As mentioned in my previous blog post Spring Boot code quality metrics using SonarQube in docker we have been focusing on getting some tools and services into our workflow that will give us better insight into our test coverage and overall code quality.
Our requirements have been pretty simple:
- Code coverage calculated out as a % number that we can access through an API and display it on one of our status monitors.
- Test coverage is all fine and dandy, but we would also like something that will give us information regarding our codes overall quality, potential vulnerabilities, code improvements etc.
- Hosted service
We initially started out exploring Codecov as that was the first option that popped up on google. It was fairly easy to get setup with and it had an API that we could pull coverage statics from and display on our monitors.
Head over to Codecov.io to get started.
Once you signup and authorise you will be presented with the option to add a repository.
Select the repository you want to get started with.
You will then be presented with a simple interactive integration guide.
Here you can select the programming language and continuous integration provider you are using and it will show you how to setup the integration. There will also be a link to a more detailed example that matches your selection.
To get Codecov integration working for my project I need to add the JaCoCo plugin to the pom.xml and add a after_success step in travis.yml.
<plugin> <groupId>org.jacoco</groupId> <artifactId>jacoco-maven-plugin</artifactId> <version>0.7.7.201606060606</version> <executions> <execution> <goals> <goal>prepare-agent</goal> </goals> </execution> <execution> <id>report</id> <phase>test</phase> <goals> <goal>report</goal> </goals> </execution> </executions> </plugin>
language: java jdk: - oraclejdk8 install: true script: ./mvnw package after_success: - bash <(curl -s https://codecov.io/bash)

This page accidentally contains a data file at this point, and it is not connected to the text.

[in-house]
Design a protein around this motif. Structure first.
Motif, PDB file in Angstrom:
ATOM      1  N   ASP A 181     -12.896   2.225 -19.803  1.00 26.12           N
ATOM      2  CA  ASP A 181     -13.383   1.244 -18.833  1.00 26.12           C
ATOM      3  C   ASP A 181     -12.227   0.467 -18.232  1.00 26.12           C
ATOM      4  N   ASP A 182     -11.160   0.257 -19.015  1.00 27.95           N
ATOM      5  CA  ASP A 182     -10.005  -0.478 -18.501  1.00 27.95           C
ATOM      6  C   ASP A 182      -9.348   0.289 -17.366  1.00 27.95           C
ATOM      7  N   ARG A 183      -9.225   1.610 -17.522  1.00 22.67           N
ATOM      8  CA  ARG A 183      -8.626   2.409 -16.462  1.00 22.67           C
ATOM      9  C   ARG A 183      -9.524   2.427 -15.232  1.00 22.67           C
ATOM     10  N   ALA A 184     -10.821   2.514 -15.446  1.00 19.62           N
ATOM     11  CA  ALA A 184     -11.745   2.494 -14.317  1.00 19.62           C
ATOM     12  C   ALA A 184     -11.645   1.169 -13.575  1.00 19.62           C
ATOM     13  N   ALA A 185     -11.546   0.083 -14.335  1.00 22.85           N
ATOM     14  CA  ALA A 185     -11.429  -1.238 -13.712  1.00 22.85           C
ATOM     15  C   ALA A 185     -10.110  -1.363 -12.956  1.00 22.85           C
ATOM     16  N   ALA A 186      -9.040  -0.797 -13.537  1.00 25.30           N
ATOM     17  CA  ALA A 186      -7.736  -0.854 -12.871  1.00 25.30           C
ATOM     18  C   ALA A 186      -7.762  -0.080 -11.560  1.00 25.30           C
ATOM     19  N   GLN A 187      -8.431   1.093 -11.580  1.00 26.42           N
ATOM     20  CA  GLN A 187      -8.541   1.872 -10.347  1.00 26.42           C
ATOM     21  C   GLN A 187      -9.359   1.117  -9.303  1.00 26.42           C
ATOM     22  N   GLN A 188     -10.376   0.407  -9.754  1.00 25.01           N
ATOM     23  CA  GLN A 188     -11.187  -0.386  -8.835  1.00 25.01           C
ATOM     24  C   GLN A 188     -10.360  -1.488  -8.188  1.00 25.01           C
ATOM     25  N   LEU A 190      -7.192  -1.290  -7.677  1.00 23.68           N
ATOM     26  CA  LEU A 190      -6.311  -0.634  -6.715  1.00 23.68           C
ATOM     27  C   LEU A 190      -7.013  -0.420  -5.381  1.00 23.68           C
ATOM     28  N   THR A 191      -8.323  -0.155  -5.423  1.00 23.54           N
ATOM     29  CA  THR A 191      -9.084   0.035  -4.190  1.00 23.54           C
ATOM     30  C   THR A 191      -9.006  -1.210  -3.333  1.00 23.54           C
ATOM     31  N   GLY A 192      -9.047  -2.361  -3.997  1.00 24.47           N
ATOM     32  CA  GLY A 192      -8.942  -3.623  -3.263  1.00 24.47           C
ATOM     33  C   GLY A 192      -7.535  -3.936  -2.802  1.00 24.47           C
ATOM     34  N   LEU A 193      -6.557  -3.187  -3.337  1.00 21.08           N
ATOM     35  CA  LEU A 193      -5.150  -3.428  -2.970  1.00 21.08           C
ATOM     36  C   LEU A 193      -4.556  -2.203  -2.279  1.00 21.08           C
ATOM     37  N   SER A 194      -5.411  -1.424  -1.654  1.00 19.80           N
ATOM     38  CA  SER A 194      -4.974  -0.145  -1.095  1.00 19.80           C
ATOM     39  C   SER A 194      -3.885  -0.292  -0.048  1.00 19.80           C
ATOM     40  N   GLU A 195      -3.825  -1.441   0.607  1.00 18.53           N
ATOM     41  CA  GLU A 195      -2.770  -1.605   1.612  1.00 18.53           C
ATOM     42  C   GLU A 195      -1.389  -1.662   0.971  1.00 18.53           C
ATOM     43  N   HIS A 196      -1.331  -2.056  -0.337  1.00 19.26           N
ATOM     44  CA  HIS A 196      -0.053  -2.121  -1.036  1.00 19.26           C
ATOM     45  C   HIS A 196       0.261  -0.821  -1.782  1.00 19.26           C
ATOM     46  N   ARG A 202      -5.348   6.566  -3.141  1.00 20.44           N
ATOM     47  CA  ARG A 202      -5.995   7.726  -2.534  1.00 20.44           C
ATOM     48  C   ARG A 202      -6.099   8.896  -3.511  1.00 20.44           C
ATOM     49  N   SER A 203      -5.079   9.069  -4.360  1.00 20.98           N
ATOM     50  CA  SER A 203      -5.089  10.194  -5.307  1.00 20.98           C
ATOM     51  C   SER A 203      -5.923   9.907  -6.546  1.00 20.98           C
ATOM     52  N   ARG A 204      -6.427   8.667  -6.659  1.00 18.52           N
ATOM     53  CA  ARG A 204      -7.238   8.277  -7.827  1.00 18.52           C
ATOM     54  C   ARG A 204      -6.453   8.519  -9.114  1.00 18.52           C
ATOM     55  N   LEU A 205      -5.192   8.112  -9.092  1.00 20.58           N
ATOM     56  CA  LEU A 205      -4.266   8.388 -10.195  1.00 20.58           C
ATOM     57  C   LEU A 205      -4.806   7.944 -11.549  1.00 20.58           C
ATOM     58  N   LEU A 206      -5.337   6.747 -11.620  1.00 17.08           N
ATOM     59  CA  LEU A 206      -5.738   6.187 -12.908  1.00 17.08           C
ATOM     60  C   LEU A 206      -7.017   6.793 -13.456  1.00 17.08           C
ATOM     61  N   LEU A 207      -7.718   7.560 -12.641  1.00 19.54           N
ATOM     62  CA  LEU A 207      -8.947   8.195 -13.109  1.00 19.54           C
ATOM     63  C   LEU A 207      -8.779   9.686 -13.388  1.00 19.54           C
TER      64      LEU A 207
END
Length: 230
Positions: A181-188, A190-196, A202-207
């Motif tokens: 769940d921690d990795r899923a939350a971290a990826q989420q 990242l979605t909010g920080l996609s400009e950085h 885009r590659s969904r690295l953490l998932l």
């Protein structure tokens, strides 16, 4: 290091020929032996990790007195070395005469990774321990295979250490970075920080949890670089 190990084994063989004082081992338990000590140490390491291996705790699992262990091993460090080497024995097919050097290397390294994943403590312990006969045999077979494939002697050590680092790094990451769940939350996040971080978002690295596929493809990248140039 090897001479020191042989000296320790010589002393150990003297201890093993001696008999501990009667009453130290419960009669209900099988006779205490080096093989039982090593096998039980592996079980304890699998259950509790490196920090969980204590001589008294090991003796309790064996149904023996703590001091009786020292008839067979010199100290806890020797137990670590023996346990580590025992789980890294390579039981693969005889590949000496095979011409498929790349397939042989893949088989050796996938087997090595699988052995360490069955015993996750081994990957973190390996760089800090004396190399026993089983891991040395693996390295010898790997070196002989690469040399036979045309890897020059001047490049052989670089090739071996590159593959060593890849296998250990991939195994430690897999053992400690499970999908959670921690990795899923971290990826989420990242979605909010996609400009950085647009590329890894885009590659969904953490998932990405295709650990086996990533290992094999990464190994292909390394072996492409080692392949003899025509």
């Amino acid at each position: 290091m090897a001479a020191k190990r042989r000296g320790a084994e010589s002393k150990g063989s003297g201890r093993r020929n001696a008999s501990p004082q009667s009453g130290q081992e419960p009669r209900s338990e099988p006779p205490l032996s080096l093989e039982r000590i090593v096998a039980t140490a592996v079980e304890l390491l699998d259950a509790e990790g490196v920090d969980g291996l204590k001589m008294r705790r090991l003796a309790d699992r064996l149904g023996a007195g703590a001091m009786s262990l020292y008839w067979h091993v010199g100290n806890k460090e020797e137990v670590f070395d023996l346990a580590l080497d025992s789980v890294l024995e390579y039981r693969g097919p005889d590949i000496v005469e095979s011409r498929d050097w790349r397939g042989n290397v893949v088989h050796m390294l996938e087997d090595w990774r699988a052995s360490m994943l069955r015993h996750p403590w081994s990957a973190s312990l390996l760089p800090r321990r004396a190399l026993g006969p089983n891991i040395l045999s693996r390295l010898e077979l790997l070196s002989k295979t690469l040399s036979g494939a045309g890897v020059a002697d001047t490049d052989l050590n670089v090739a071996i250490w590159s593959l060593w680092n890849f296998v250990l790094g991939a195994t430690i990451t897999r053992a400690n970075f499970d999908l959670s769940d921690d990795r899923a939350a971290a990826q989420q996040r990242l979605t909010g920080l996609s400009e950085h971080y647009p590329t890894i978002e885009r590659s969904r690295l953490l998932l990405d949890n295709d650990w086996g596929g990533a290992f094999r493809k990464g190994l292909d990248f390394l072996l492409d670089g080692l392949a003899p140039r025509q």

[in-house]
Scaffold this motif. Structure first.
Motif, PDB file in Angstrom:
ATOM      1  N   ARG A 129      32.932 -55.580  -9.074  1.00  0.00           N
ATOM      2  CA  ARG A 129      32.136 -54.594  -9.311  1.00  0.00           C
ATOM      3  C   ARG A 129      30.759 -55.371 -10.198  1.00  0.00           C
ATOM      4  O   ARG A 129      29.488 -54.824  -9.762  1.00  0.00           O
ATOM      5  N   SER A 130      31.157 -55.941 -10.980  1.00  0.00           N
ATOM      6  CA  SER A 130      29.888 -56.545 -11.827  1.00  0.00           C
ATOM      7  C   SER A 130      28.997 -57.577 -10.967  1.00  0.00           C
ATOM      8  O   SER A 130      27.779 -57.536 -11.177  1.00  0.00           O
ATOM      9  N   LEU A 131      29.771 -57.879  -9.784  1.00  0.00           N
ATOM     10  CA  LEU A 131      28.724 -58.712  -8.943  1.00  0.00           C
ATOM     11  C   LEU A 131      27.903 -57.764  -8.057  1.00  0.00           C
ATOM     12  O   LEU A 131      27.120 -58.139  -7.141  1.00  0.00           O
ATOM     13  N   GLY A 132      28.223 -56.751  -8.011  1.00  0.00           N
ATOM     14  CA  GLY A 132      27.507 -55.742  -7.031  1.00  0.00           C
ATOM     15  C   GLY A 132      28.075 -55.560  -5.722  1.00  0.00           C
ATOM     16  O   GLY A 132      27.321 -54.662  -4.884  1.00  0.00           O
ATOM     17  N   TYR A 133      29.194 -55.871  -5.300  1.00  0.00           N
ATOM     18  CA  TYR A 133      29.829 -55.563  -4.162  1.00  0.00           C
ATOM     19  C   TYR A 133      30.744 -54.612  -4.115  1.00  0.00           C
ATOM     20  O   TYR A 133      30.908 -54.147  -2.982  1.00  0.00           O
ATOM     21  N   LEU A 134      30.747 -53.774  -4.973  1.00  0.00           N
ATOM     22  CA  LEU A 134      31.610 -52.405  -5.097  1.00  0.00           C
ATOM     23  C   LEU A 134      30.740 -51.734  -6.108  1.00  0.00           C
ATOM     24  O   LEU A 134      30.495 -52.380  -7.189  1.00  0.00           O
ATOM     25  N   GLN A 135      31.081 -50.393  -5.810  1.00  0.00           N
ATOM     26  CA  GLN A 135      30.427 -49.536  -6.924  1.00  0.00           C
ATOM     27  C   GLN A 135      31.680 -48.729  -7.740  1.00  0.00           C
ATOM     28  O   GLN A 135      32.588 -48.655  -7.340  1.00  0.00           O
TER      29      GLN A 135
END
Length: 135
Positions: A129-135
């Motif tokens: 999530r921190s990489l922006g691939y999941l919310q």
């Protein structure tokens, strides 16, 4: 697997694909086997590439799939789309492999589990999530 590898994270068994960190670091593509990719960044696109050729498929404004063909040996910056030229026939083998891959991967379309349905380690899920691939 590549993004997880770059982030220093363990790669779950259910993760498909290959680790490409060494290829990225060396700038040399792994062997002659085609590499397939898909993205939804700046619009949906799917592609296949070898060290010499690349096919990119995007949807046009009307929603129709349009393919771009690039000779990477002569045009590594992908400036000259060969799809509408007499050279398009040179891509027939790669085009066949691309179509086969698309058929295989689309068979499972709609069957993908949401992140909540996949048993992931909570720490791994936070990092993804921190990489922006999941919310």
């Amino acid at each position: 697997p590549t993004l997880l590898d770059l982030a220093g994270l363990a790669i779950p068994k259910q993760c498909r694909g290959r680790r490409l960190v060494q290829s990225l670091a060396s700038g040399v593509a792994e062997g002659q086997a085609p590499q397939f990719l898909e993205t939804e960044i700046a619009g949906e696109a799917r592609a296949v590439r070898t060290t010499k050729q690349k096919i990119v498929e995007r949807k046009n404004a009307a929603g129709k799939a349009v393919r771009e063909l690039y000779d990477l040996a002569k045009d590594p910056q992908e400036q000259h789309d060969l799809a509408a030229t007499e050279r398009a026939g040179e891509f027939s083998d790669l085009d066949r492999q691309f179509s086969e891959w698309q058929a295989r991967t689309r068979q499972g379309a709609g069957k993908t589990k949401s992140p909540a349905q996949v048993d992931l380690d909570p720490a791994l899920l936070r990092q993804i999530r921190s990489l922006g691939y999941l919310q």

After adding this and doing a git push this is what shows up in Codecov.
So what Codecov gives you is general code coverage percentage, code coverage percentage as a trend over time and some fancy sunburst graph that honestly did not mean much to me. It looks all red and terrible in my example project, even though i think the coverage is pretty decent here. Classes with logic are tested, pure data classes are not.
If anyone knows how to properly interpret this graph please enlighten me! :)
So while Codecov is very easy to get started with, it turned out to be a little simple for our needs. We are lacking the code quality part of our requirements list.
The next option on our list is Codacy. They provide metrics regarding code style, security, duplication, complexity and coverage.
Visit Codacy.com to get started.
Similar to Codecov they also support multiple ways of signing up and connecting to your repositories. Once signup is complete you will be presented with a list of your available open source repositories.
Select the ones you want to start monitoring and continue through the setup process. The next step will allow you to setup a organisation with team members who will have access to you're selected projects.
Since i am just setting up this as an example i will just skip this step and continue to integrations.
So Codacy allows you to integrate some external services into your workflow. Slack and HipChat for notifications regarding issues found when Codacy analyses your project. Then also Jira and YouTRACK for task management around solving the issues found. Again since this is just an example i will skip this step.
The main setup is now finished and Codacy will go ahead and checkout the code and start analysing it.
This step can take some time depending on the size of your project. But for my small example it did not take long.
So after a quick analysis run there is now one issue listed for our example project. Click the "Start fixing" link and you will get taken to your projects dashboard.